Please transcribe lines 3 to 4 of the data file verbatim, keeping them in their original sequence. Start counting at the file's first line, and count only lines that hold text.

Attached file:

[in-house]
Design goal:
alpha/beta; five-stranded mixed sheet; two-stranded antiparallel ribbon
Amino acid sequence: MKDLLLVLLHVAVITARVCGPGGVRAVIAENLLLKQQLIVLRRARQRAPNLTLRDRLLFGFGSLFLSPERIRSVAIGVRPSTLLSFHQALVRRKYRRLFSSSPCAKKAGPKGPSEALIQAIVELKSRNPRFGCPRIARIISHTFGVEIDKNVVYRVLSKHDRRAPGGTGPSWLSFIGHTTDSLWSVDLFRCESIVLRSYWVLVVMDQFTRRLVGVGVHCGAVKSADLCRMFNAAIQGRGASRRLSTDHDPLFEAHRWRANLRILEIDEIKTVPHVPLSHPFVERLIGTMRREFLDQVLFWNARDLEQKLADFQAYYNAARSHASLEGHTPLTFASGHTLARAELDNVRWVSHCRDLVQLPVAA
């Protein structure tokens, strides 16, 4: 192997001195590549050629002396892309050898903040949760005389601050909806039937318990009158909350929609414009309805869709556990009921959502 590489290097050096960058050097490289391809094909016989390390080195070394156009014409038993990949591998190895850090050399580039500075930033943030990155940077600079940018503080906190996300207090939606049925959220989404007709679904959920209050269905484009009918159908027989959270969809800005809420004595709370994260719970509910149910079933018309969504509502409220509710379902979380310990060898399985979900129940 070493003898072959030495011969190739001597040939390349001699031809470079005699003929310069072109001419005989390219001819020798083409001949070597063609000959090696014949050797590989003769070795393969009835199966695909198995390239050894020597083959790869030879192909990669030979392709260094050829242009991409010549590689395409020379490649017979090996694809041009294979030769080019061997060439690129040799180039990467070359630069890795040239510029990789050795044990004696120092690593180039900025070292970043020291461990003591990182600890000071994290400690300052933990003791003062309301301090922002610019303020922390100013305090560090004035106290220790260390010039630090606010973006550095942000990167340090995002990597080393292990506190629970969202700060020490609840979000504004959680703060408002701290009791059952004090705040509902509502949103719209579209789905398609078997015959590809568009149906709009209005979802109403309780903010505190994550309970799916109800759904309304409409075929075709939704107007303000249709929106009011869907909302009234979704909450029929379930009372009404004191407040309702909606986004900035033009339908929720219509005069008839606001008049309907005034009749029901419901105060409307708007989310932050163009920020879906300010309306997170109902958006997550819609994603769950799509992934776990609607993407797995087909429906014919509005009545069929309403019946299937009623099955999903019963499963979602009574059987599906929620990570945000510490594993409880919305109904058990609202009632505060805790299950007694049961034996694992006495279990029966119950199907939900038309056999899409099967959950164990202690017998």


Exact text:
alpha/beta; five-stranded mixed sheet; two-stranded antiparallel ribbon
Amino acid sequence: MKDLLLVLLHVAVITARVCGPGGVRAVIAENLLLKQQLIVLRRARQRAPNLTLRDRLLFGFGSLFLSPERIRSVAIGVRPSTLLSFHQALVRRKYRRLFSSSPCAKKAGPKGPSEALIQAIVELKSRNPRFGCPRIARIISHTFGVEIDKNVVYRVLSKHDRRAPGGTGPSWLSFIGHTTDSLWSVDLFRCESIVLRSYWVLVVMDQFTRRLVGVGVHCGAVKSADLCRMFNAAIQGRGASRRLSTDHDPLFEAHRWRANLRILEIDEIKTVPHVPLSHPFVERLIGTMRREFLDQVLFWNARDLEQKLADFQAYYNAARSHASLEGHTPLTFASGHTLARAELDNVRWVSHCRDLVQLPVAA